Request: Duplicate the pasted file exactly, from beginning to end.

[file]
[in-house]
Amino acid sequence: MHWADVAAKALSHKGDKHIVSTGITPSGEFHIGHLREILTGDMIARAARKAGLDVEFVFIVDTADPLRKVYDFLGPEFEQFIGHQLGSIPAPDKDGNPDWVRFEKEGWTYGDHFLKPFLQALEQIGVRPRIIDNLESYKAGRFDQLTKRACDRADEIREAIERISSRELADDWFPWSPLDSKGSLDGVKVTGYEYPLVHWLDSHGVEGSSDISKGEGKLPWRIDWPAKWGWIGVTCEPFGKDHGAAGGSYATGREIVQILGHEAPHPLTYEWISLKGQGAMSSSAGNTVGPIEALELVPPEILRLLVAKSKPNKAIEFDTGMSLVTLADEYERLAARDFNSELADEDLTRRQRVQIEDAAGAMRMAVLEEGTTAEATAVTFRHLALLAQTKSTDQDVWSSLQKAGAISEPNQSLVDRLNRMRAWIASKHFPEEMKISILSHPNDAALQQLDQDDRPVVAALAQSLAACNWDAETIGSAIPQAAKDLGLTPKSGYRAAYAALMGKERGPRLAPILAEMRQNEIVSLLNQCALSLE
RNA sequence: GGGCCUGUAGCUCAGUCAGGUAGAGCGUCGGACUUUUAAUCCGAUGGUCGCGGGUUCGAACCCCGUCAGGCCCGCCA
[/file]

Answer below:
[in-house]
Amino acid sequence: MHWADVAAKALSHKGDKHIVSTGITPSGEFHIGHLREILTGDMIARAARKAGLDVEFVFIVDTADPLRKVYDFLGPEFEQFIGHQLGSIPAPDKDGNPDWVRFEKEGWTYGDHFLKPFLQALEQIGVRPRIIDNLESYKAGRFDQLTKRACDRADEIREAIERISSRELADDWFPWSPLDSKGSLDGVKVTGYEYPLVHWLDSHGVEGSSDISKGEGKLPWRIDWPAKWGWIGVTCEPFGKDHGAAGGSYATGREIVQILGHEAPHPLTYEWISLKGQGAMSSSAGNTVGPIEALELVPPEILRLLVAKSKPNKAIEFDTGMSLVTLADEYERLAARDFNSELADEDLTRRQRVQIEDAAGAMRMAVLEEGTTAEATAVTFRHLALLAQTKSTDQDVWSSLQKAGAISEPNQSLVDRLNRMRAWIASKHFPEEMKISILSHPNDAALQQLDQDDRPVVAALAQSLAACNWDAETIGSAIPQAAKDLGLTPKSGYRAAYAALMGKERGPRLAPILAEMRQNEIVSLLNQCALSLE
RNA sequence: GGGCCUGUAGCUCAGUCAGGUAGAGCGUCGGACUUUUAAUCCGAUGGUCGCGGGUUCGAACCCCGUCAGGCCCGCCA